[Bioperl-l] OBDA redux? Compressed files

Peter Cock p.j.a.cock at googlemail.com
Sun Nov 13 07:30:37 EST 2011


Hi again,

I've retitled this as it is a little off topic from the main OBDA redux thread,
http://lists.open-bio.org/pipermail/open-bio-l/2011-November/000819.html
http://lists.open-bio.org/pipermail/open-bio-l/2011-November/000820.html
http://lists.open-bio.org/pipermail/open-bio-l/2011-November/000821.html

As far as I recall, the original flat file and BDB based OBDA
specification for indexing sequencing files didn't cover
compressed files. That might be something to consider
(although we should sort of uncompressed text/binary
files first).

I've recently been experimenting with using compressed
files - in particular simple GZIP files (ignoring any block structure)
and BGZF (the specialised gzipped blocking used in BAM), see:

http://blastedbio.blogspot.com/2011/11/bgzf-blocked-bigger-better-gzip.html
http://seqanswers.com/forums/showthread.php?t=15347

The virtual offset approach used in BGZF squeezes a 16 bit
within block offset (thus limiting you to 64kb blocks) and at
48 bit block start offset (thus limiting you to a 256TB file) into
a single 64bit "virtual" offset. That makes sense if you are
keeping the lookup table or many offsets in memory, and
can be used as is with code expecting a single offset (like
the current Biopython SQLite index schema).

Also bzip2 but this is block based, with the block size ranging
from 100KB to 900KB.

http://bzip.org/
http://bzip.org/1.0.5/bzip2-manual-1.0.5.html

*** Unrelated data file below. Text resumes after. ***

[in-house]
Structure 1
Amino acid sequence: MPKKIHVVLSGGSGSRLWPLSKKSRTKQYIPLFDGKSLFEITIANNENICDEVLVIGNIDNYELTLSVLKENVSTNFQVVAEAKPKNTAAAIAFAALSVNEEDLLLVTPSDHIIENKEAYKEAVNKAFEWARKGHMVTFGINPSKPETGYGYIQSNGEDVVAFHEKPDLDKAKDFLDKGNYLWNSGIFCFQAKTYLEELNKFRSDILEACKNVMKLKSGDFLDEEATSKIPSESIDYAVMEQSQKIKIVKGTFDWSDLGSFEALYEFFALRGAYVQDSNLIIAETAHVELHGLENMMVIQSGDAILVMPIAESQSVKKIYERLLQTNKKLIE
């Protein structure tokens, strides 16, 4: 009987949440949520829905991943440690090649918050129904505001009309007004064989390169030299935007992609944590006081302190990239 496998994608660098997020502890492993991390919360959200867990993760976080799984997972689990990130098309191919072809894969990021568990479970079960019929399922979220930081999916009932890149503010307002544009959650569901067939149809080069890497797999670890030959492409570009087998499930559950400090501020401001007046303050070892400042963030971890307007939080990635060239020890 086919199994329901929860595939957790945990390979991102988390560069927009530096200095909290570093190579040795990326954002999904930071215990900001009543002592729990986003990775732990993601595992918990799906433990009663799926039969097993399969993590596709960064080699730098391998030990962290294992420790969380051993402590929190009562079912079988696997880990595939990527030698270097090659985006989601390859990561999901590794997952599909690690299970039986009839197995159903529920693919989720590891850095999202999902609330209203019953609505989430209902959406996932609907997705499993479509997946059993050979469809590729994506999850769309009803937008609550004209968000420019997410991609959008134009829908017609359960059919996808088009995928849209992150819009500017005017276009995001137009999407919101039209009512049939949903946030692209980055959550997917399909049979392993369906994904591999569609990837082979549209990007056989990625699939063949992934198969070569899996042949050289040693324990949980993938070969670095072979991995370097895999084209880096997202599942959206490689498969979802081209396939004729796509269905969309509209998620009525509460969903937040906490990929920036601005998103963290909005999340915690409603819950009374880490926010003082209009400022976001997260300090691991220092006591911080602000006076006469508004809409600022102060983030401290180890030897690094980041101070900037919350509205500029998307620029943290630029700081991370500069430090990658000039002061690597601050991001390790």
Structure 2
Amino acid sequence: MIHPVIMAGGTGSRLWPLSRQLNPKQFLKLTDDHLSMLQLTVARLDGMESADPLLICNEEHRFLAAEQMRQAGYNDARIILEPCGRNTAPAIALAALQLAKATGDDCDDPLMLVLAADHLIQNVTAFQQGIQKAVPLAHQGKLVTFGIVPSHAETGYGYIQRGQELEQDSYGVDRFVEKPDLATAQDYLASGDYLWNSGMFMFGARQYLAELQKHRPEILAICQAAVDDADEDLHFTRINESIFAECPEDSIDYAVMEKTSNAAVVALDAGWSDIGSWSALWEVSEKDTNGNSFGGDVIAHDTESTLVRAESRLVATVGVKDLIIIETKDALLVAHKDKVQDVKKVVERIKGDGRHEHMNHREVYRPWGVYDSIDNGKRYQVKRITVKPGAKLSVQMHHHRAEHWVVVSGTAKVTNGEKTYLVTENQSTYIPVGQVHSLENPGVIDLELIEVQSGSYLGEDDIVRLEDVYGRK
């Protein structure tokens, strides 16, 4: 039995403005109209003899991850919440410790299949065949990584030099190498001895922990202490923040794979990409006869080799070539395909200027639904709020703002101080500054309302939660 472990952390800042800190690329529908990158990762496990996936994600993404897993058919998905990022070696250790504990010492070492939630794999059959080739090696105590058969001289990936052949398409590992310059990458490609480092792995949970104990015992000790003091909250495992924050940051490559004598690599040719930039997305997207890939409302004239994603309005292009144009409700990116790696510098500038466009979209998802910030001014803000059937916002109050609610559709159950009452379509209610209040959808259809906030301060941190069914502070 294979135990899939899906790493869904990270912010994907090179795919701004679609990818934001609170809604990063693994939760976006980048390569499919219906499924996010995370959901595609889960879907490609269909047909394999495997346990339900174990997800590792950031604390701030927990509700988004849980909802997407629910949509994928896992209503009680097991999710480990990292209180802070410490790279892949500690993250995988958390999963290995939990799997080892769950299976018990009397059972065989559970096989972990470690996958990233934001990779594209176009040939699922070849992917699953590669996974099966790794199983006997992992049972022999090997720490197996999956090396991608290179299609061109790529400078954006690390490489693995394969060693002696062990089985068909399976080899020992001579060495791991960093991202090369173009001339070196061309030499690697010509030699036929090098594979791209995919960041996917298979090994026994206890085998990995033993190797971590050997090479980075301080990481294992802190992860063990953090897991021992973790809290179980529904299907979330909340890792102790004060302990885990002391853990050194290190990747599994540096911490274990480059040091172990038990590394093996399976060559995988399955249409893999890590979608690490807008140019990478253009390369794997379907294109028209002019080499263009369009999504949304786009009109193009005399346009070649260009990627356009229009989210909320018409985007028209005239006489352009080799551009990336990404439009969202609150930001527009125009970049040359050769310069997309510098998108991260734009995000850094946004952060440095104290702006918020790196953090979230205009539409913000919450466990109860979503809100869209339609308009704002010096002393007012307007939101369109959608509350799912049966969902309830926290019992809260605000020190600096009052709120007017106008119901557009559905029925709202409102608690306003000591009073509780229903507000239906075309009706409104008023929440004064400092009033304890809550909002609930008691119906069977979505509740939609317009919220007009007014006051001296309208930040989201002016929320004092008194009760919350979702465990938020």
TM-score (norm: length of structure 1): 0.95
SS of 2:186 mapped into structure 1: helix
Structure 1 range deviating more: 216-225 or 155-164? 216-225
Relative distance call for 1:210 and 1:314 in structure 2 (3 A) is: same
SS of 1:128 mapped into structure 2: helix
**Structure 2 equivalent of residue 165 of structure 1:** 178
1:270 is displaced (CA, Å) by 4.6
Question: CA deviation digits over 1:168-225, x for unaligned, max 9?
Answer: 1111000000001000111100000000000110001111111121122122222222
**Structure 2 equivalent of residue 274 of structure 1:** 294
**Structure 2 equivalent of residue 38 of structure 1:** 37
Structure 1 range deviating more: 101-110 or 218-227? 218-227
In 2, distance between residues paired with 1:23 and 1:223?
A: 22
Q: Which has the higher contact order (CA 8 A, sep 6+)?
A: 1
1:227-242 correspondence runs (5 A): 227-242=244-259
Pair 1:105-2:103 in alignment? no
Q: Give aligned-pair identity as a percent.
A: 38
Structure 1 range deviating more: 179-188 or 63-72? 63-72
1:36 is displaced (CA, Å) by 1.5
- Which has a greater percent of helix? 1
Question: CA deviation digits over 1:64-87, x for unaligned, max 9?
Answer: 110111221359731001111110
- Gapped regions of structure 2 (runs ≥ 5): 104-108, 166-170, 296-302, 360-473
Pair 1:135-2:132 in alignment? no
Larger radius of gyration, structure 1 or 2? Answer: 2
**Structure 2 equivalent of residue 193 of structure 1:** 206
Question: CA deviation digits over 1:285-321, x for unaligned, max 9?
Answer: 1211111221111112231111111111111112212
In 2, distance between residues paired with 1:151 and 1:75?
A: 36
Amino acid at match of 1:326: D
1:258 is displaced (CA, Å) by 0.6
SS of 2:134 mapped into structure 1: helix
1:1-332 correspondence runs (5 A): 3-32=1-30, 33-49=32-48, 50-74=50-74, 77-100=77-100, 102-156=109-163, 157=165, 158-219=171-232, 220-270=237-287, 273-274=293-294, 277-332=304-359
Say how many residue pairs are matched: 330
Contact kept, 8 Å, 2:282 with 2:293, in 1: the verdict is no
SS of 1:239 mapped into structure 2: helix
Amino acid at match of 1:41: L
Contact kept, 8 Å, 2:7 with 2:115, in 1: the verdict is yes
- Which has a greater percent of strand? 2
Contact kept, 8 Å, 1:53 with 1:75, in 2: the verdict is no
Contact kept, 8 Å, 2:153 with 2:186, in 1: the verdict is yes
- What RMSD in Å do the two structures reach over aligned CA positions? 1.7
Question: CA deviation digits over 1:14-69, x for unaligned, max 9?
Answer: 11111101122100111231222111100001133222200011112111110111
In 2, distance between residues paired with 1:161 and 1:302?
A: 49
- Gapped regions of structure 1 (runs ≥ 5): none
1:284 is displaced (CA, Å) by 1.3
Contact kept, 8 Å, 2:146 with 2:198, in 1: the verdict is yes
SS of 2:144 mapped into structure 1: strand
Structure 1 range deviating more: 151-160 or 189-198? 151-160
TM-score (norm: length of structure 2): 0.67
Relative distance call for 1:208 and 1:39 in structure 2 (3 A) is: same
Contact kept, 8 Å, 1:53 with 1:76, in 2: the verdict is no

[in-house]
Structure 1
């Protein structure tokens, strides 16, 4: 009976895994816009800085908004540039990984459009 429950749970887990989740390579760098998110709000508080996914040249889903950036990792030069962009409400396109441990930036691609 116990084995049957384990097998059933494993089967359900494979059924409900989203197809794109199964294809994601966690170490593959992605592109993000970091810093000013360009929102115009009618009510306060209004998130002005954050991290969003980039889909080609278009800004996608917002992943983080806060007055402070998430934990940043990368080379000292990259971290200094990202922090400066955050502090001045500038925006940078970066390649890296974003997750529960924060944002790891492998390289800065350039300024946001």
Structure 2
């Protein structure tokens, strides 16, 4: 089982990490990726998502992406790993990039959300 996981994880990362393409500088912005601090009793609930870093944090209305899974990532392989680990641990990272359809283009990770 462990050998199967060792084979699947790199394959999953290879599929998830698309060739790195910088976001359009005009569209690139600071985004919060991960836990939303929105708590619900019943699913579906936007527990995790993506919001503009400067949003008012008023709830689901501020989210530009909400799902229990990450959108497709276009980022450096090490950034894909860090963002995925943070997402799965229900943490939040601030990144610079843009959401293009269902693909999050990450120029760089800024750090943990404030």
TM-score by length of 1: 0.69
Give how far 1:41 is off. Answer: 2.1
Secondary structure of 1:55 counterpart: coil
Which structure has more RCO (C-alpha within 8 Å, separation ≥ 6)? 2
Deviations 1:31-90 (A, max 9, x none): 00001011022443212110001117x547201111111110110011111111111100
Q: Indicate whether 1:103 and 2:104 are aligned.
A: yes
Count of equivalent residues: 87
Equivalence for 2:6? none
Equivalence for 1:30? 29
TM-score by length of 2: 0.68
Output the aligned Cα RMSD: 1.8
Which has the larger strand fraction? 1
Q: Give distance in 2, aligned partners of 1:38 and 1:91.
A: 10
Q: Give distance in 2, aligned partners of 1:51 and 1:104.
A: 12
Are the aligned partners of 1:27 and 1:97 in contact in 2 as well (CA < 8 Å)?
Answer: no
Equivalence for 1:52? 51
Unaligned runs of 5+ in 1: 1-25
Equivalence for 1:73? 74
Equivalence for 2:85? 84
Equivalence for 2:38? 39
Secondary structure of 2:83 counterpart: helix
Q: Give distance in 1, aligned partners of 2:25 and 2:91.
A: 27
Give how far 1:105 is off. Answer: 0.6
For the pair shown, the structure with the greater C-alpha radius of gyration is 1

I haven't tried any performance tests yet, which would
be interesting as I believe compression/decompression
of bfzip2 is more costly in CPU terms than gzip (although
both will be block size dependent).

If we wanted to imitate the BGZF virtual offset scheme for
arbitrary BZIP2 files, an alternative 64 bit virtual offset scheme
could use 20 bits to cover bz2 blocks of up to 900KB, leaving
64 - 20 = 44 bits for the start offset, thus limiting you to to just
2^44 bytes or 16Tb which sounds OK only in the medium term.
On the bright side this could be used to index any BZIP2 file
(under 16TB), whereas BGZF cannot be applied to any
GZIP file.

On the other hand, storing the block start and within block
separately is truly generic and could be used on any blocked
GZIP file (including BGZF) and BZIP2 etc. It would make
the SQLite schema a bit more complicated though.

Maybe something to consider for the next revision to OBDA,
and focus on the non-compressed case for now?

Regards,

Peter


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